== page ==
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'All Right, Screw It:' How id Software Made 'Doom' Great Again

Even 'Mad Max' played a role in the design direction of the new 'Doom'.
Image: id Software.

Nothing really defines the new Doom quite like the glory kills, the gruesome finishing attacks that see its silent space marine ripping off the heads of demons or punching in their skulls for a boost in health. Small surprise that, according to Hugo Martin, the game's creative director at id Software, everything else grew from that. At a panel at QuakeCon in Dallas this weekend, Martin recalled how the animation team pulled together a cinematic sequence a few years back showing the glory kills in action but without the ability to play them. Everyone watched, and for the most part, everything clicked. They knew they had the right direction.


Today, Doom is anything but doomed. Publisher Bethesda Softworks hasn't released the official sales figures so far, but current data from SteamSpy based on Steam sales show that almost a million players have bought it for PC alone. And now, Doom's success a given, its makers are opening up about the path that led them to such heights. I attended the panel on its creation on Saturday, but the day before that I had a chance to speak privately with Doom's game director Marty Stratton about the long, glorious road to hell.

Fortunately for us, that road was paved less with good intentions than the desire to rekindle a smothered flame. Stratton tells me that the actual decision to make a new Doom game was never really in doubt.

"When you work at id, it's like, we think about Doom. It's not like we have fifty brands up on the shelf and we're like, "Oh, my God, we forgot about Doom."

Image: id Software.

The question was what to do with it. The last Doom game was 2004's Doom 3, which caught the badassery of kicking demon ass well enough but leaned heavily toward gloomy shadows and survival horror. (I admit I couldn't play it with the lights off.) They'd toyed with a few ideas for a new Doom game that Stratton seems reluctant to talk about, though leaked footage from that project exists. According to Bethesda's vice president of public relations Pete Hines, it was canceled because it felt too much like Call of Duty.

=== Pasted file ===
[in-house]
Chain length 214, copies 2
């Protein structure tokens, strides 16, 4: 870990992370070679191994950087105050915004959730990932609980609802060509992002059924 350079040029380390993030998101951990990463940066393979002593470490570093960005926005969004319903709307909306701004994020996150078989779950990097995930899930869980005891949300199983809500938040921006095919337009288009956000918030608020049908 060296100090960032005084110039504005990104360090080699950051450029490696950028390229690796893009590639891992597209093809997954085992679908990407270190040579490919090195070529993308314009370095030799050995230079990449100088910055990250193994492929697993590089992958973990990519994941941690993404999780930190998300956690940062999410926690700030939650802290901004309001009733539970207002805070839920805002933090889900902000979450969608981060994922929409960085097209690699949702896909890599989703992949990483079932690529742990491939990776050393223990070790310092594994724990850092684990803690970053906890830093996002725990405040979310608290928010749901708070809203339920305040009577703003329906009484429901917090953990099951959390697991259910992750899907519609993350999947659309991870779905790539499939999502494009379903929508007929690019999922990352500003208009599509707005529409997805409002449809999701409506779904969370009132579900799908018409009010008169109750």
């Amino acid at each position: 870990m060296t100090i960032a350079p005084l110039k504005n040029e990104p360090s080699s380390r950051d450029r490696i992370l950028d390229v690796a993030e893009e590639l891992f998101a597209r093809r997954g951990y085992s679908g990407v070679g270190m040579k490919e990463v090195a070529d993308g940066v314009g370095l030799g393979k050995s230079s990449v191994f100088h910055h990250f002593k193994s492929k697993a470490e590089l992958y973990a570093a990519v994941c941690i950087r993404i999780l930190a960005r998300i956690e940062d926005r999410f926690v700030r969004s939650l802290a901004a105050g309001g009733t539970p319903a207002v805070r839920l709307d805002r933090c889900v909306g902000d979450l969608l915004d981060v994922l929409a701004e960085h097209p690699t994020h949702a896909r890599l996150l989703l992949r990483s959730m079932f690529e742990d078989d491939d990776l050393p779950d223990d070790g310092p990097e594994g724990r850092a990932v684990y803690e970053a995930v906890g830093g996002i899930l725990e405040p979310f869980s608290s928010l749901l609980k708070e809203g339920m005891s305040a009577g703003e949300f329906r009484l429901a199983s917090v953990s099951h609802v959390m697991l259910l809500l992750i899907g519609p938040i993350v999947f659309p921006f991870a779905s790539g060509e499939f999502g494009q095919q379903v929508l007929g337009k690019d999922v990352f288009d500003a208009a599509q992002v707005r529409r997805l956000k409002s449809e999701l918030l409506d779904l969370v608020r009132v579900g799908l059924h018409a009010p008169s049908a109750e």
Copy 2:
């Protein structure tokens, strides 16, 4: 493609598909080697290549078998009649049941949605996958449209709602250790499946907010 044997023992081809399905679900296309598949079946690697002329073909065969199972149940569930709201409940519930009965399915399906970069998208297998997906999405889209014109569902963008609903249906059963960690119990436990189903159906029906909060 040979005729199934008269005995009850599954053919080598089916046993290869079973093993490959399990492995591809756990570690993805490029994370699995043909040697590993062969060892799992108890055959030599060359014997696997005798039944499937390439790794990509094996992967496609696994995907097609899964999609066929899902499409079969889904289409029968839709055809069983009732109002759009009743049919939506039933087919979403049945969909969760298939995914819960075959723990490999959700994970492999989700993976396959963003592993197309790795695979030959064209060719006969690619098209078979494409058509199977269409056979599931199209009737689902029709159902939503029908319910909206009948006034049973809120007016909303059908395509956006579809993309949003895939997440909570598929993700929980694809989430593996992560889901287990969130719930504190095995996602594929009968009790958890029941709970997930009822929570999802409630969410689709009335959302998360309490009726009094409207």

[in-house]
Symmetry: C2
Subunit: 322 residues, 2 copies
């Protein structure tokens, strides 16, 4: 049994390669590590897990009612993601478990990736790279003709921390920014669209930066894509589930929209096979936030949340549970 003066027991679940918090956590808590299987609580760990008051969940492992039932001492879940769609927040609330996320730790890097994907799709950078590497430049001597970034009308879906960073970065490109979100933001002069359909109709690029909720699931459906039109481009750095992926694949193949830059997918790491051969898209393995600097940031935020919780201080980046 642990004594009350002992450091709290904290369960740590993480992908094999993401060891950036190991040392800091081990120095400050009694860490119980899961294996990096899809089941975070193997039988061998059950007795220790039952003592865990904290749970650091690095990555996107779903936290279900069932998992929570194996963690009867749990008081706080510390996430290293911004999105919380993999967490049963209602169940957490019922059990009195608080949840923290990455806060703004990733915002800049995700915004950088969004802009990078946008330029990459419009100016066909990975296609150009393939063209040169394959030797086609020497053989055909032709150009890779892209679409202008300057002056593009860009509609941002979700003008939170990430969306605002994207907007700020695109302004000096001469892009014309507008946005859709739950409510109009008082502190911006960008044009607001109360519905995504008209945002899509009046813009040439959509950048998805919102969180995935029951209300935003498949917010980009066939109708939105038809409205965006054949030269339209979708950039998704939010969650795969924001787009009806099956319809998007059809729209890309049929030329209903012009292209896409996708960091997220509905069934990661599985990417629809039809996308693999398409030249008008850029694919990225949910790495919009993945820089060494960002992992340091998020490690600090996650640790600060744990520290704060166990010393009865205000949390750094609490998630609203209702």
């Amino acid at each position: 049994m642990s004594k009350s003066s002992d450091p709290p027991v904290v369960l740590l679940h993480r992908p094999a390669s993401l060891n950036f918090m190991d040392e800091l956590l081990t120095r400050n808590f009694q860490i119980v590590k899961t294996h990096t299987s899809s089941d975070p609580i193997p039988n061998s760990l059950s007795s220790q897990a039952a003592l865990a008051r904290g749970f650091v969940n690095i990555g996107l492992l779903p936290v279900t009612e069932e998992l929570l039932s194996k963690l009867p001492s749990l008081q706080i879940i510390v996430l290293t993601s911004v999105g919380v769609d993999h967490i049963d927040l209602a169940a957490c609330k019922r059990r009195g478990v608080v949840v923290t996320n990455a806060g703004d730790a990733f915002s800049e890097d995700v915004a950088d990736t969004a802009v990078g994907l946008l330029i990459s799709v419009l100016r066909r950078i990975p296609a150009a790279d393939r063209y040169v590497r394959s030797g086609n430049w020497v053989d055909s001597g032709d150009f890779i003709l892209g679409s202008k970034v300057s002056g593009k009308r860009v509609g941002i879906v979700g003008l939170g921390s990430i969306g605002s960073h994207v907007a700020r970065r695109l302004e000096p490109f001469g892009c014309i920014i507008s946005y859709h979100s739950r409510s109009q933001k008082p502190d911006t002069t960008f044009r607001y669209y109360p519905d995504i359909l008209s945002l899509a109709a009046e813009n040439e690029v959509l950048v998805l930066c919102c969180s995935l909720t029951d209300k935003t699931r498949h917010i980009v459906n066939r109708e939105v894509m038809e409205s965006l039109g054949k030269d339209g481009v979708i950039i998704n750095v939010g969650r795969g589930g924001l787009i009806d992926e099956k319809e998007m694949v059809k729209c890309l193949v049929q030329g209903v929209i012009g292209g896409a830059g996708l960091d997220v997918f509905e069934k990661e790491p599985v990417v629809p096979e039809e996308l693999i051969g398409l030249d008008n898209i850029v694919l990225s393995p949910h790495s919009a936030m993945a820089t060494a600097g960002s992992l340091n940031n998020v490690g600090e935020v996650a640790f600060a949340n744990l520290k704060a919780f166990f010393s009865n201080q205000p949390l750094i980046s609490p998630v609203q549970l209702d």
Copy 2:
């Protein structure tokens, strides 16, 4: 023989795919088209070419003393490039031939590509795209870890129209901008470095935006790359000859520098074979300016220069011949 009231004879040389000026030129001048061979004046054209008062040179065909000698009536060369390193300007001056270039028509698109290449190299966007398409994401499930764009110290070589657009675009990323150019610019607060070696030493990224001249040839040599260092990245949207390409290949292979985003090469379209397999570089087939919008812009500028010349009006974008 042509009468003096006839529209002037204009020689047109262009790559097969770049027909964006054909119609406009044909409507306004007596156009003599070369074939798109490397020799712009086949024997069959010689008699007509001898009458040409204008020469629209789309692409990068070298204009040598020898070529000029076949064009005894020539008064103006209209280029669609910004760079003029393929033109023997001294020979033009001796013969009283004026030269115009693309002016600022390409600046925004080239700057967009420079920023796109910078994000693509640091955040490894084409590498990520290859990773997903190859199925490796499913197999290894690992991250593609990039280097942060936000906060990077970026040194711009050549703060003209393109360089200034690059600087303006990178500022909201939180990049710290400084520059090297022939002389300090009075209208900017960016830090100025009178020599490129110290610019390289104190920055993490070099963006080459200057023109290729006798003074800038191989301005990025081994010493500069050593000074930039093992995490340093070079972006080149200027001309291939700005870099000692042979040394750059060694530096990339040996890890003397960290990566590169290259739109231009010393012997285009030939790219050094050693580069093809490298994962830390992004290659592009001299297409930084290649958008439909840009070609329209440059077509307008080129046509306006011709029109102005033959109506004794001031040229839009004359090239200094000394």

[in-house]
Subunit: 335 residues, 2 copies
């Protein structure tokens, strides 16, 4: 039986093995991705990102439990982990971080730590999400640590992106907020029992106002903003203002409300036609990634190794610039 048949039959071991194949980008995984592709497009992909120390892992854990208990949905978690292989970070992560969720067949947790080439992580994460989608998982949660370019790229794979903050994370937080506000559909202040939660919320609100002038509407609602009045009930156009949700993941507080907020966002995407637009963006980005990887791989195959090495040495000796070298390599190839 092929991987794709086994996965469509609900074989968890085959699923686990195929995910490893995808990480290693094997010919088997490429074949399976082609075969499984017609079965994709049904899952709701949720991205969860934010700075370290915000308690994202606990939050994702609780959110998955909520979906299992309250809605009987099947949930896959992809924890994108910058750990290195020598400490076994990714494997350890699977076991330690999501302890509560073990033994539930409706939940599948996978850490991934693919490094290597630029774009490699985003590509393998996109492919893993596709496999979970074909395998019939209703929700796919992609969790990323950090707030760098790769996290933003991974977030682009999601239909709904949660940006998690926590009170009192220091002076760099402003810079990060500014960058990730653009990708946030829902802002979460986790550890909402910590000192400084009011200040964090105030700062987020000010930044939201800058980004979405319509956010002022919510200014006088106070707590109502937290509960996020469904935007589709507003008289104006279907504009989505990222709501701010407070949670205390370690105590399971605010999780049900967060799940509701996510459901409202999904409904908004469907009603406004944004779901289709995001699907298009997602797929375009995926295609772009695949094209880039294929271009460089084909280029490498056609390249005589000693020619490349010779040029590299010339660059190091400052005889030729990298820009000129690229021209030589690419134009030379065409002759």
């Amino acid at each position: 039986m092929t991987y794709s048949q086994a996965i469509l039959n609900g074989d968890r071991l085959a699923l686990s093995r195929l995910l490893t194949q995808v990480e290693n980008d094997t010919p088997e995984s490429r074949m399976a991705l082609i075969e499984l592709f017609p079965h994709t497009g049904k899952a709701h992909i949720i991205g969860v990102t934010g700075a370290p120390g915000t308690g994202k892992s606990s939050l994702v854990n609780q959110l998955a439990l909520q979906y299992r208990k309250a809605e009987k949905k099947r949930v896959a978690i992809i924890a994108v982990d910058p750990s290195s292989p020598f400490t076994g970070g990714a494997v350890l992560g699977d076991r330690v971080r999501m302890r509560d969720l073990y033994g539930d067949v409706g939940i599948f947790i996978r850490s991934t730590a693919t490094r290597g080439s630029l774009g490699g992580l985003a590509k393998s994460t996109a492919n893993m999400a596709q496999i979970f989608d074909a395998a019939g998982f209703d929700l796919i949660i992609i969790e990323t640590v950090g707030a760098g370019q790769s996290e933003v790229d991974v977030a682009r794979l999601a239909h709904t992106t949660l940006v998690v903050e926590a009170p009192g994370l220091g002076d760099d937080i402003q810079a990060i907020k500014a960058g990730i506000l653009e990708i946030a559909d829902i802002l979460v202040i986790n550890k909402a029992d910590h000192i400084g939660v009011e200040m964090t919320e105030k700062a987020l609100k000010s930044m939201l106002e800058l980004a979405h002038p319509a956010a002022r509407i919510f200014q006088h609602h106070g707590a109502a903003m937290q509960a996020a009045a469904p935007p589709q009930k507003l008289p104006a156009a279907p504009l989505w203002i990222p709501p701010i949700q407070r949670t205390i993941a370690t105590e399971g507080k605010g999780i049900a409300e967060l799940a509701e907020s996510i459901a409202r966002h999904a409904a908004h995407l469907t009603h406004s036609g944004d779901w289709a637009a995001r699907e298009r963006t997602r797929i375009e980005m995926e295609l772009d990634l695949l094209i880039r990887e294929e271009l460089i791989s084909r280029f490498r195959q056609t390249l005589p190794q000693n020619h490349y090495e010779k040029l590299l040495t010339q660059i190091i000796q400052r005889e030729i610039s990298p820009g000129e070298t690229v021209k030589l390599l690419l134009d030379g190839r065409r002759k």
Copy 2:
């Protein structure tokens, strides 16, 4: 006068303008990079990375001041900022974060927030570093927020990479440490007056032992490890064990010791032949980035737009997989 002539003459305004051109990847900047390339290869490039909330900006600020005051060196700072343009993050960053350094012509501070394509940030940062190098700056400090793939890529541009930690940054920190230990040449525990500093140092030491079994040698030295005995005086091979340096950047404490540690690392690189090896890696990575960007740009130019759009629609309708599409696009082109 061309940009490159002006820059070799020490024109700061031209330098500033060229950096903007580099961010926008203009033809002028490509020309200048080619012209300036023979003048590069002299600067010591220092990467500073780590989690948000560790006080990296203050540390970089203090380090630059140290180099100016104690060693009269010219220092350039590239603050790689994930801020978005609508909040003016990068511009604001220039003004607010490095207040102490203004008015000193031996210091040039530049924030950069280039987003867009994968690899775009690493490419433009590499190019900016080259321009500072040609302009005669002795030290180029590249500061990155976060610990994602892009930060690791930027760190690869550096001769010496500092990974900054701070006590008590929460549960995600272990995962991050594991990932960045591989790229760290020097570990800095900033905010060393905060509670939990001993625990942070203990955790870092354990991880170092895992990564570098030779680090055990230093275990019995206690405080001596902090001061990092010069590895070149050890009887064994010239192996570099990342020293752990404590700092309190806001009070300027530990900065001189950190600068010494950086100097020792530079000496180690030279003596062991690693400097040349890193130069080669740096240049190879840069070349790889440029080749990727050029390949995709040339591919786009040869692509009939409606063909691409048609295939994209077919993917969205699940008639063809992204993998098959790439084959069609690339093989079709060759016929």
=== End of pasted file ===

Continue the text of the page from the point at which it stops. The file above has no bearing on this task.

"All right, we said, screw it. We're just going to own it," Stratton said. "He's not going to talk. He's going to speak through his fist."

Stratton readily recounts how he and the id team went to a whiteboard and started identifying what he called the "DNA" of Doom. Doom 3 had come out almost a decade ago at that point, so they weren't as concerned about making a proper sequel instead of the reboot we got. Of their ideas, very few had much to do with heavy story à la BioShock or careful crouch cover mechanics as in Gears of War.

"The narrative only exists to make the player feel like a badass," Martin said at the panel. Stratton, too, champions his animators in this regard, asserting that their ability to convey such a tale of badassery through actions and motions alone gave them the courage to return Doom to roots that would normally feel out of place in a modern game.

"All right, we said, screw it. We're just going to own it," Stratton said. "We're going to own the Doom Marine's attitude and we're going to do it first-person. He's not going to talk. He's going to speak through his fist."

At the panel, Stratton pulled up a video showing ideas they were toying around with in 2012 and 2013, where the Doomguy clobbers aliens under a sunny blue sky amid ruined concrete structures that could be in the dead neighborhoods of Detroit rather than Doom's usual setting of Mars. But that's not the only difference—it's slow, for one, as though the Doomguy is wading through mud rather than stomping on concrete. But through it all, that one constant, the meaty violence of the glory kill, remains supreme even then.